RioCan REIT pauses new construction starts amid high interest rates


The Canadian Press

High interest rates and rising costs have pushed RioCan Real Estate Investment Trust to put a halt to starting any major new construction projects.

The company is pushing on with existing builds, but the timing isn’t right to put shovels in the ground on any new ambitious projects, said chief executive Jonathan Gitlin in an interview.

“We’ve made a decision that in the short term, starting construction isn’t the most effective use of our shareholders’ money.”

Given high interest rates, and the variable debt that comes with a lot of construction financing, he said it makes more sense to pay down RioCan’s debt, which stands at about $7.3 billion.

“It becomes quite accretive, and quite productive, immediately.”

The shift means RioCan will continue building the 1.7 million square feet of space under construction, but a further 1.5 million square feet of “shovel ready” projects will have to wait until market conditions improve. The company will also continue to push projects through the development and permitting stages.

RioCan will likely have to wait until they get more clarity from the Bank of Canada on its rate trajectory before moving on those projects, said Gitlin.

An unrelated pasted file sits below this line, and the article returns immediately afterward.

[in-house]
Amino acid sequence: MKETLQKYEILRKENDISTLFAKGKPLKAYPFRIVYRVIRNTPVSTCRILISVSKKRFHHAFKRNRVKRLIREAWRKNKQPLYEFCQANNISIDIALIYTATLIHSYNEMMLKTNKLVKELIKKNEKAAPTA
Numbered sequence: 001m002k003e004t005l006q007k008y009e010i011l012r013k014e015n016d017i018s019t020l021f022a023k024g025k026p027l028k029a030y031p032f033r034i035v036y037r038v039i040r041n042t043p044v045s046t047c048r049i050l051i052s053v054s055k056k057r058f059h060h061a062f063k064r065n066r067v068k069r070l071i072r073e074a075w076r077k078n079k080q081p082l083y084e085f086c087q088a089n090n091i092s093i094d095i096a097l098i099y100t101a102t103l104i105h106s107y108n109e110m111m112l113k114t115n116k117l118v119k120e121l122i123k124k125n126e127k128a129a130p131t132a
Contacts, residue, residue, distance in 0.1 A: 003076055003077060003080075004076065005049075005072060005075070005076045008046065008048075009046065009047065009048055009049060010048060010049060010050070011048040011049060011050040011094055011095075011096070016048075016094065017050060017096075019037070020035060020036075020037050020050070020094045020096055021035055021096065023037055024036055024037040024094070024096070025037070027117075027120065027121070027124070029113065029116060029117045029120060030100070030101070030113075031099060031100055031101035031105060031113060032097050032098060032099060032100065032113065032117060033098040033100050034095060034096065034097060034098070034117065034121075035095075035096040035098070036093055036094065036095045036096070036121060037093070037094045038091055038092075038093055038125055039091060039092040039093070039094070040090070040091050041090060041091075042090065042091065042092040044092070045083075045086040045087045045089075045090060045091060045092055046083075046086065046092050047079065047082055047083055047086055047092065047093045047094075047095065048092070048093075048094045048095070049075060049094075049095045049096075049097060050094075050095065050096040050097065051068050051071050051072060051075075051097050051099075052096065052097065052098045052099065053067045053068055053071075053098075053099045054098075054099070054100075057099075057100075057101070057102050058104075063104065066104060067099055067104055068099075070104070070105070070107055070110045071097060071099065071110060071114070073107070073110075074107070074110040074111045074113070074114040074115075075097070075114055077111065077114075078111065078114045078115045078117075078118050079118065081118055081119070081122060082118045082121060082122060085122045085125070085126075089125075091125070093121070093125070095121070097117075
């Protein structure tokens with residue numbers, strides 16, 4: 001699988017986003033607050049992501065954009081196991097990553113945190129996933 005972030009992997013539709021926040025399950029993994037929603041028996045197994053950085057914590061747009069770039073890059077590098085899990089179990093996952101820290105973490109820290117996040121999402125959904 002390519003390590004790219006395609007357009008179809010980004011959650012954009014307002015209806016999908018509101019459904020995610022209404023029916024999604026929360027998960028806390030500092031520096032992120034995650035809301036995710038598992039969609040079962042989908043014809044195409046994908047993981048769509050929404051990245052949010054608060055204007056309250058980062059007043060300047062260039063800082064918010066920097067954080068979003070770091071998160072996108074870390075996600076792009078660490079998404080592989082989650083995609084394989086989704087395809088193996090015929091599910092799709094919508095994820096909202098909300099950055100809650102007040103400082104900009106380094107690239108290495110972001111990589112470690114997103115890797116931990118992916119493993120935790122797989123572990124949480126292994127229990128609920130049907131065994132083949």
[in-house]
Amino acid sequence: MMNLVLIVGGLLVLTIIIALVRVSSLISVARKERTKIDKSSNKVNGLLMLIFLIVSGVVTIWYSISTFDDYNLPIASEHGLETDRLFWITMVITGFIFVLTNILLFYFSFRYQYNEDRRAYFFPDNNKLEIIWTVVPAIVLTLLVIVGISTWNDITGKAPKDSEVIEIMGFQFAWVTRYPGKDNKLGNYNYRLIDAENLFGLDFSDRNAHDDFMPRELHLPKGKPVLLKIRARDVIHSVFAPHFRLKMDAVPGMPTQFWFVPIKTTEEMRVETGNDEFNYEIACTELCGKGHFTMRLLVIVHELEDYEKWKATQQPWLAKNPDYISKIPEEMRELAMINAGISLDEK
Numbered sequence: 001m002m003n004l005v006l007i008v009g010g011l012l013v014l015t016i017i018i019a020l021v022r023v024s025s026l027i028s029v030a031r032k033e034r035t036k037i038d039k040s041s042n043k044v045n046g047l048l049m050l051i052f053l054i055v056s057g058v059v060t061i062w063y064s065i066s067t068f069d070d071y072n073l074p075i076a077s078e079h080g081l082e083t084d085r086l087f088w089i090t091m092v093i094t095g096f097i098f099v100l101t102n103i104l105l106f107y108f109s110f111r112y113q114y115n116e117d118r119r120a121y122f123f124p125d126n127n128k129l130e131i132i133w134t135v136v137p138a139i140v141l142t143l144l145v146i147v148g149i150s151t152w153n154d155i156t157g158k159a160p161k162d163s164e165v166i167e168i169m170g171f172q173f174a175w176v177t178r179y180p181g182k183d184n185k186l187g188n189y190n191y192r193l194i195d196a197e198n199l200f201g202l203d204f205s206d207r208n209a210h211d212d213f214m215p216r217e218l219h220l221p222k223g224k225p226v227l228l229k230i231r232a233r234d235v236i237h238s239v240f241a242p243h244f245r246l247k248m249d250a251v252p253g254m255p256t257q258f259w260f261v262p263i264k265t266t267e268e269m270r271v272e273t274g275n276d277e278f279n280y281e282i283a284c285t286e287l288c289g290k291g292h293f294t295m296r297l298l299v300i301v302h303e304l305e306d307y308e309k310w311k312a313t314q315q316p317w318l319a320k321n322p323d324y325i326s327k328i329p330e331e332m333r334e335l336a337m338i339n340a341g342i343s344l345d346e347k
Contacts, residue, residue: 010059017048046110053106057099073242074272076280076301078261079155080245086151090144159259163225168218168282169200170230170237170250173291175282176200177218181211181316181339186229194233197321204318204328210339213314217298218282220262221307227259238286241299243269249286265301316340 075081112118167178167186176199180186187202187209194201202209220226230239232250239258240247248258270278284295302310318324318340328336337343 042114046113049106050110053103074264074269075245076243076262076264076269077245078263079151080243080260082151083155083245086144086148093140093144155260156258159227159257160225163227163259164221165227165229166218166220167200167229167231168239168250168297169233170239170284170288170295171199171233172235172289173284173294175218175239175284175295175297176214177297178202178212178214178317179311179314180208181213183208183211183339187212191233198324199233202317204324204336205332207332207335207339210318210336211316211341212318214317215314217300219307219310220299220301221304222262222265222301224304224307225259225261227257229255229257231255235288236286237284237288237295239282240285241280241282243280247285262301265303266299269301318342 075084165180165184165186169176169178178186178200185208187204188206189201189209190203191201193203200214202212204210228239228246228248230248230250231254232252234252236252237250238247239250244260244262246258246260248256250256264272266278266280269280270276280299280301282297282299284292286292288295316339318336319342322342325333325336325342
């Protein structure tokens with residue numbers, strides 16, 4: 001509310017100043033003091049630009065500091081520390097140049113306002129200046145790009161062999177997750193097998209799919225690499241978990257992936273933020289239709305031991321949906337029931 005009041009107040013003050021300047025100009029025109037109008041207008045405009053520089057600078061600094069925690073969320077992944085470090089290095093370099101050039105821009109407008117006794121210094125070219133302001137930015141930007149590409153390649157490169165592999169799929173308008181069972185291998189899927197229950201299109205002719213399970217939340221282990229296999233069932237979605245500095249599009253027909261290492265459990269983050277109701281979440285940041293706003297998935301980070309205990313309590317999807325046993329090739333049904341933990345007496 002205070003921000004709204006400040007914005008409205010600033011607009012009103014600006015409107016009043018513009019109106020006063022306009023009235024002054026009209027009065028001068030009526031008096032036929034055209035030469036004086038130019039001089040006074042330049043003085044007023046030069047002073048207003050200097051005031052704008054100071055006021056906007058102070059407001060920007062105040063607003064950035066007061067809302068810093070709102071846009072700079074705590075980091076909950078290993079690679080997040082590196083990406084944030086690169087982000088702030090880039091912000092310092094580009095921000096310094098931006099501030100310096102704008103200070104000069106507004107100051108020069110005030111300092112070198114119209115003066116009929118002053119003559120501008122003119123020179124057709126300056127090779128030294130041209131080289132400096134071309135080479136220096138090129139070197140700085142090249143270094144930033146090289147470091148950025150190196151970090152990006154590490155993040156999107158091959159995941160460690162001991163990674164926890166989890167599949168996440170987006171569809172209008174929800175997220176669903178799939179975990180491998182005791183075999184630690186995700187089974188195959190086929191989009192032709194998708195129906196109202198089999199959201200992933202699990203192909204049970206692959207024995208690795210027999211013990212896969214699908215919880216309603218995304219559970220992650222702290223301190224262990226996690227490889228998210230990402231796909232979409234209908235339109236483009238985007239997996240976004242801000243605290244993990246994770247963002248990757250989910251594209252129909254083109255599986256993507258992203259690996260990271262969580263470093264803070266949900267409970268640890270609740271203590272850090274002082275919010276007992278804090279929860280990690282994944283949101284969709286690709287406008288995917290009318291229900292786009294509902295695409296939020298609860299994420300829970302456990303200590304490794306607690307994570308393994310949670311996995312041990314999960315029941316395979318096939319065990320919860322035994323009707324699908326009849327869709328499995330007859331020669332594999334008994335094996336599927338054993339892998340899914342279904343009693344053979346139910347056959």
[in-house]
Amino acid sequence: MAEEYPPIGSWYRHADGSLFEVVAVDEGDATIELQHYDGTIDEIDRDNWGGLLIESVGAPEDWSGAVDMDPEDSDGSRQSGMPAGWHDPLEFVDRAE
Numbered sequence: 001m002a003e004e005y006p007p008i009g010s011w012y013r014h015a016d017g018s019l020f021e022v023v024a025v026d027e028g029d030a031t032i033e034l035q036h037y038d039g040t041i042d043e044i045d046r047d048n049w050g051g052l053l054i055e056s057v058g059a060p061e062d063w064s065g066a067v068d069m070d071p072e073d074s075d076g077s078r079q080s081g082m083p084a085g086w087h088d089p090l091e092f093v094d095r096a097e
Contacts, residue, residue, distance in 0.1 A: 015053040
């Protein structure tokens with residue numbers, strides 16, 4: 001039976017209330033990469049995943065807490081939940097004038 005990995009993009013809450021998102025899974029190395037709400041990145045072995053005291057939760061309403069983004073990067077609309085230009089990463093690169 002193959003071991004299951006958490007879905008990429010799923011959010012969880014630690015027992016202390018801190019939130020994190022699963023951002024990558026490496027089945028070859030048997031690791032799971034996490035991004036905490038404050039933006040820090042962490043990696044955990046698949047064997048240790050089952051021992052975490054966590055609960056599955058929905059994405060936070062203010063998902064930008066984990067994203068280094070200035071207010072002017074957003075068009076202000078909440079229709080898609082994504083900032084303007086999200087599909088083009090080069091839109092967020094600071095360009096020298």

“As inflation does begin to settle and there’s more adherence to the target level of inflation, I think that will allow the Bank of Canada to give more clarity. And from that clarity, we will be able to take more logical prognostications on how our projects are going to turn out.”

The pause on new construction starts comes as the company reported a net loss of $73.5 million in its most recent quarter.

It attributed the loss in the period ended Sept. 30 to fair value losses of $199.5 million on investment properties that reflect current market conditions resulting from rising interest rates.

Funds from operations totalled $135.4 million, or 45 cents per diluted unit, a slight increase from $134.8 million a year ago, or 44 cents per diluted unit.

High interest rates and economic headwinds are also creating struggles for retailers, but RioCan said it considers 87.4 per cent of tenants to be “strong and stable.”

“The vast majority of our tenants are in on very strong footing, we are not seeing a slowdown in the ability to pay rent,” said Gitlin.

RioCan’s committed occupancy rate for the quarter was 97.5 per cent, up from 97.3 per cent a year ago. Retail occupancy hit 98.3 per cent, up from 97.8 a year prior.

In the office sector, which makes up about 10 per cent of RioCan’s portfolio, compared with 86 per cent retail and four per cent residential, the company is managing, Gitlin said.

“It’s a market that you have to swim very hard to stay afloat at this point,” said Gitlin.

“Our office portfolio is doing fine, but it’s not … as successful or productive as our retail portfolio.”


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